Top 10 tips for cooking up an investment pitch

Top 10 tips for cooking up an investment pitch

Top 10 tips for cooking up an investment pitch

Anyone who knows me well is aware that I am something of a foodie. After living in Italy for a few years I came to love the way they approach family mealtimes and we do the same at home. It’s a time for conversation and debates and friends are always welcome.

As well as doing a lot of cooking, I also find myself drawn inescapably to culinary programmes on television.

The other night I was watching My Million Pound Menu on BBC 2. I suppose you could say it contains elements of Masterchef, Dragon’s Den and The Apprentice. Hosted by top maître d’hôtel Fred Sirieix, the show is billed as “a battle for investment between new restaurant ideas”.

The budding chefs are asked to cook their signature dish, pitch their concept and say how much of an investment they are looking for. Many of them are already in business in real life, something that usually consists of delighting a loyal bunch of followers from a street food van. By coming on this show, they are hoping to find a fast way to scale up.

The team of investors sample their dishes and collectively decide which has the most potential. The lucky winner gets to go to Manchester and run a 40-seater pop-up restaurant for a three-day trial and see if they can make a profit.

Obviously, being a marketing strategist as well as a foodie, this really appeals to me.

For most of the contestants, doing what they do best is the easier part. They usually make a good job of cooking and serving delicious food to appreciative diners. The problems arrive when they have to attend a meeting with their investors to go through their business plan.

As is often the case for people who have set up a business based around their talent or passion, they have no problem focusing on delivering to customers, sourcing ingredients and planning the next dish. Working in the business is the relatively easy and fun bit. What doesn’t come so naturally is working on the business.

It amazes me that the chefs, despite their lack of business knowledge and experience, often compile their own numbers and projections without consulting someone who can assist them in getting to the next level. They may be great at creating food, but it’s not so clever for them to be cooking up figures.

Are you planning to upscale your own business? If you are hoping to gain investment, are you taking the time to consult someone who has done this sort of thing before?

An outside view can be very valuable. Understanding where your weaknesses and gaps are will help in your expansion.

There are cases where an entrepreneur has asked for a million pounds for an idea on a back of a Post-It note and been successful. But such stories are few and far between and the odds are stacked against you.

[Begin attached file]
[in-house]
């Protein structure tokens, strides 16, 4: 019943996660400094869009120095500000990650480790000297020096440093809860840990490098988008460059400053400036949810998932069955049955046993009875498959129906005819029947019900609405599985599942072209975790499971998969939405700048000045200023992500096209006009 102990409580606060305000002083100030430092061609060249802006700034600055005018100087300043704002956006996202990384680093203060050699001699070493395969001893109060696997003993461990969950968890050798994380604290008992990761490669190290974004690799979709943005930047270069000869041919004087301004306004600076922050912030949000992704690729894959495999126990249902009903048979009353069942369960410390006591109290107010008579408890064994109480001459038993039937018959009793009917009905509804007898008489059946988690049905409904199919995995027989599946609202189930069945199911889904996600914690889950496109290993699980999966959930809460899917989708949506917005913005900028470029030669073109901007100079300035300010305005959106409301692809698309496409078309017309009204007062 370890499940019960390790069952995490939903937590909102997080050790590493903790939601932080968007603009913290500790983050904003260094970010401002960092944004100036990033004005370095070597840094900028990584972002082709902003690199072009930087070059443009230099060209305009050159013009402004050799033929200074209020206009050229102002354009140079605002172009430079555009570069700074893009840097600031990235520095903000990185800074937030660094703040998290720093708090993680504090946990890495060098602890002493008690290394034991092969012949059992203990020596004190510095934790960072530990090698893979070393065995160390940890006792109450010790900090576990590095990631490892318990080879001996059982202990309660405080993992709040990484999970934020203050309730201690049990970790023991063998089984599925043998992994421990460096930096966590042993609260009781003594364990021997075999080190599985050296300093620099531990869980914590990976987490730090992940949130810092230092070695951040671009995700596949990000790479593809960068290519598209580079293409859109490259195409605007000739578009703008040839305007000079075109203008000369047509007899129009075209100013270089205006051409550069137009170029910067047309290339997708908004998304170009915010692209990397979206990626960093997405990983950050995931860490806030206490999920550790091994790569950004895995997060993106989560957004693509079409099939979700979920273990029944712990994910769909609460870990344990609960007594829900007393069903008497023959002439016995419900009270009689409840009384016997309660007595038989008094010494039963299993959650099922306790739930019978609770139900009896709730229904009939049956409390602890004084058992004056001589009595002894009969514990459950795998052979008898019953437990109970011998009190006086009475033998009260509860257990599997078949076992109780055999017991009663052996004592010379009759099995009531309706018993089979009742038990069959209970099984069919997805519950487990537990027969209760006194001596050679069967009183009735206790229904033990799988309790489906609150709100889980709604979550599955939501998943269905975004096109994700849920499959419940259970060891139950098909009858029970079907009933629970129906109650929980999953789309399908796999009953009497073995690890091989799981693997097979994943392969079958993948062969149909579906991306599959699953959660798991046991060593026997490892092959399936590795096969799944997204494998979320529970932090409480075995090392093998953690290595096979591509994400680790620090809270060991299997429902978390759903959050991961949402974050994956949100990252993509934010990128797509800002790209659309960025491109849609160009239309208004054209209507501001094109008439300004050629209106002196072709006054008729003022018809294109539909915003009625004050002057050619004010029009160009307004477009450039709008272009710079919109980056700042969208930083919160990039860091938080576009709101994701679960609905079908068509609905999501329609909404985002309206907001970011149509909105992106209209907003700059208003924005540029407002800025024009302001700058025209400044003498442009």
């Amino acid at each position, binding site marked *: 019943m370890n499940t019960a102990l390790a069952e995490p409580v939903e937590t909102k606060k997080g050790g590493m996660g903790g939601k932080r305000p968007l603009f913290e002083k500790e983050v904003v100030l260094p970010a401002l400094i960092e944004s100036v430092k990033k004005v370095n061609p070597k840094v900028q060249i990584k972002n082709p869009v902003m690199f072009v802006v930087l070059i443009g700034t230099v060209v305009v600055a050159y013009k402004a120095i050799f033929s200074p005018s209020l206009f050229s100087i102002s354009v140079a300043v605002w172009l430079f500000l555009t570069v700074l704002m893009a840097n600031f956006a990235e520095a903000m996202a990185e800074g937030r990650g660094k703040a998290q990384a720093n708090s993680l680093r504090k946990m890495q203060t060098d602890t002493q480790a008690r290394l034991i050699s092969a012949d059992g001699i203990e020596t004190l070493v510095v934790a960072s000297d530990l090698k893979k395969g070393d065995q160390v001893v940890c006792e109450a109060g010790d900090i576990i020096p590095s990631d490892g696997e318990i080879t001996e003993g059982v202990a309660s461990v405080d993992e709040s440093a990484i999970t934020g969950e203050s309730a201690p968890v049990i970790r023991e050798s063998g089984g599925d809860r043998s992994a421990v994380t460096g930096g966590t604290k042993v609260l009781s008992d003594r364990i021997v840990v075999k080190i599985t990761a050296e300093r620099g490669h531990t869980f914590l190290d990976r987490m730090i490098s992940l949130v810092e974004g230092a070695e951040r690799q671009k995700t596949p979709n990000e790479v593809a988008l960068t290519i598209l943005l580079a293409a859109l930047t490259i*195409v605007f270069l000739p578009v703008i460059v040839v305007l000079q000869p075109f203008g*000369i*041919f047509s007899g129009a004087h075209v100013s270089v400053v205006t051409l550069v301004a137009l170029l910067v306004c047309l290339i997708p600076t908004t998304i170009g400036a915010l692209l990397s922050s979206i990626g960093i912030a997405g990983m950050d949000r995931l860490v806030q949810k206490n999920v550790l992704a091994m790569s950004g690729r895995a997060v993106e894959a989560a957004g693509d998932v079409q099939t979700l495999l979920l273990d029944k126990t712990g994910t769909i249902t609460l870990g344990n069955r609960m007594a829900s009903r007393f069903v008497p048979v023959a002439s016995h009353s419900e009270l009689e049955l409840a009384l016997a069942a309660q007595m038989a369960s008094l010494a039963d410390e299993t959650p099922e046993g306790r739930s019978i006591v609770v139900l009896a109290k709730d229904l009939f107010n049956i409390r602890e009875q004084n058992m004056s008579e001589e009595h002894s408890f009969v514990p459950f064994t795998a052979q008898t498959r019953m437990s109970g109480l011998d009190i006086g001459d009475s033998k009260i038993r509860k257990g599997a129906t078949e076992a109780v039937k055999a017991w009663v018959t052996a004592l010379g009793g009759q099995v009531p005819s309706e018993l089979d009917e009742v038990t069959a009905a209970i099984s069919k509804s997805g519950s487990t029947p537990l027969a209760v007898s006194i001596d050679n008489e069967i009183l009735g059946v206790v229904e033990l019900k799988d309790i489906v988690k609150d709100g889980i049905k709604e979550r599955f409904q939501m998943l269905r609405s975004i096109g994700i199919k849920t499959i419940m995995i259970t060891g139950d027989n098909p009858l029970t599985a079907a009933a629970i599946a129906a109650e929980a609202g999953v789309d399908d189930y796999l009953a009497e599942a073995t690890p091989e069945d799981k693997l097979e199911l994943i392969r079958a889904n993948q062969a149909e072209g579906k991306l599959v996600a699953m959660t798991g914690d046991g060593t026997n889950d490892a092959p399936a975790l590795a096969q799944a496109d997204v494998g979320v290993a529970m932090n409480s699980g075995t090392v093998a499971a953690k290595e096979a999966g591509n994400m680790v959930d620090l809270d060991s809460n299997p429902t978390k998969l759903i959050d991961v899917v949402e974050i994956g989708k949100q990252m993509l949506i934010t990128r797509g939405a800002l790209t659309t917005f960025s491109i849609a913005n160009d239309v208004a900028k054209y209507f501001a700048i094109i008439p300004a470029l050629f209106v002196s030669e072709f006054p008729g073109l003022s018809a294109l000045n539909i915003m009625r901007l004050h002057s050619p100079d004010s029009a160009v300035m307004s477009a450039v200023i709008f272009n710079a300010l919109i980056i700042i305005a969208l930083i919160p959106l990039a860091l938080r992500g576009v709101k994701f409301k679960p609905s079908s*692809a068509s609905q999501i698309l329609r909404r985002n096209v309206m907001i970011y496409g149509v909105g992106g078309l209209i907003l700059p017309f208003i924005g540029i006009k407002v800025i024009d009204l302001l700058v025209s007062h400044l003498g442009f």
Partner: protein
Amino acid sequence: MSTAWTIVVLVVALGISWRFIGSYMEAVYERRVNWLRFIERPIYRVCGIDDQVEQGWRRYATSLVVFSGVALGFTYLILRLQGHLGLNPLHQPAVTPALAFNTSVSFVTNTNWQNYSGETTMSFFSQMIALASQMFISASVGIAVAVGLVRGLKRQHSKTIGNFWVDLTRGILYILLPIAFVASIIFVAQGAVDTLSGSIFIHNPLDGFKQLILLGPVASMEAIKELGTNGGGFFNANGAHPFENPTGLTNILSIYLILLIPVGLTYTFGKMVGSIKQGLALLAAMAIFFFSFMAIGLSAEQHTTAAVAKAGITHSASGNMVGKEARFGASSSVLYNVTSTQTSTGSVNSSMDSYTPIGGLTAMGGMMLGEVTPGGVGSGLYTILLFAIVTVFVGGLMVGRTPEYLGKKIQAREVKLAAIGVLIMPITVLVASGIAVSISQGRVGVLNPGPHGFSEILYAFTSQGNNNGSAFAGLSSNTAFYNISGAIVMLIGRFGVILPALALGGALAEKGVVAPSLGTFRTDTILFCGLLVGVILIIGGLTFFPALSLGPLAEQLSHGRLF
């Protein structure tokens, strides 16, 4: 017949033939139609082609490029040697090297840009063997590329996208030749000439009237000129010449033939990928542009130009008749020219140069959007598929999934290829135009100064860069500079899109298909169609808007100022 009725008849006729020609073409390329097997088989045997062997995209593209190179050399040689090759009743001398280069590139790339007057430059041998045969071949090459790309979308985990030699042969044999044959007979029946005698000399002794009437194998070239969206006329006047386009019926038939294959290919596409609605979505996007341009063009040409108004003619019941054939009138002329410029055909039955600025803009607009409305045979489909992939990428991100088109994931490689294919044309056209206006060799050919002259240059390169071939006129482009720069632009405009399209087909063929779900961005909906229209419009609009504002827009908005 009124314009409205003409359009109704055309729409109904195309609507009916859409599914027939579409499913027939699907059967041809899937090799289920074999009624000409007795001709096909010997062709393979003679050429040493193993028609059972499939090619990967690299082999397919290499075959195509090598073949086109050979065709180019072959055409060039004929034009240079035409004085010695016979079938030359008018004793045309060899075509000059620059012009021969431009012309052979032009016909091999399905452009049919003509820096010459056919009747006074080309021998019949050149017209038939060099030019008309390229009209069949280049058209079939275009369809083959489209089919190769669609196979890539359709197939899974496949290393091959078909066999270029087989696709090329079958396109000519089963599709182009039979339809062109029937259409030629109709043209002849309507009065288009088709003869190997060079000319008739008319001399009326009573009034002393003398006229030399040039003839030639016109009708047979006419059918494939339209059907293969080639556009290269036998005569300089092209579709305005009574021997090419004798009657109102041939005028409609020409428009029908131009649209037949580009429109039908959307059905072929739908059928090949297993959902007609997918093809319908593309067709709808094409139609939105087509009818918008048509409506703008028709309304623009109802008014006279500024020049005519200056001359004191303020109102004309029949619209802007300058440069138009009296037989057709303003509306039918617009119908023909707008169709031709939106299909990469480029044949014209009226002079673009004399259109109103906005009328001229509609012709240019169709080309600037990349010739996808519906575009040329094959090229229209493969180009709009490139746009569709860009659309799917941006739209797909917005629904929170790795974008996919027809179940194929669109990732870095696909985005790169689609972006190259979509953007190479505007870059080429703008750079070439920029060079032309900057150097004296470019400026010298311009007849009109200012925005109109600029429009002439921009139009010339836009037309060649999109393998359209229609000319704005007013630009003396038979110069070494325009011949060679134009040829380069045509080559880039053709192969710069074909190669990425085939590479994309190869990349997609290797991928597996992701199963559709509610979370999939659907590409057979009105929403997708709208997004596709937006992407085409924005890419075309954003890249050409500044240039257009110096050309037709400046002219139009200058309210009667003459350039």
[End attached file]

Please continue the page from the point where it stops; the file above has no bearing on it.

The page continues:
The exercise can become expensive. But this doesn’t have to be the case if you focus on the important aspects.

Here are my top ten ingredients for putting together a delicious investment pitch:

  1. Think of this from a business objective. Create a team that are not just operational.
  2. Define your market and your differentiating characteristic.
  3. Make a plan of what “good” looks like.
  4. Define your perfect customer (this will change).
  5. Avoid the temptation to be over ambitious with your first step.
  6. Plan key milestones and costs
  7. Make sure everyone inside the business knows your elevator pitch. They should be able to explain the company they work for and why it is exceptional.
  8. Focus on no more than 3 entry points to market.
  9. Put together a budget with your projections.
  10. Create a communication plan aligned to your proposed brand and don’t be afraid to call for help.

Just remember: we’ve all had our disasters but having it planned out certainly makes it easier and reduces the risk of errors.

If you have a business and are serious about making a pitch for the investment in your next stage, it is worth talking to us at CC Limited. We have experience of this sort of thing, having helped put together successful plans in a number of different sectors. Plus, we have the commercial and creative talent in house to help with every aspect of your planning and communication.

Give me a call or send me a message. We can have a chat, perhaps set up a meeting. You might even end up being invited to one of our family dinners. There’s always a space free.

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Mickey Clarke

Mickey Clarke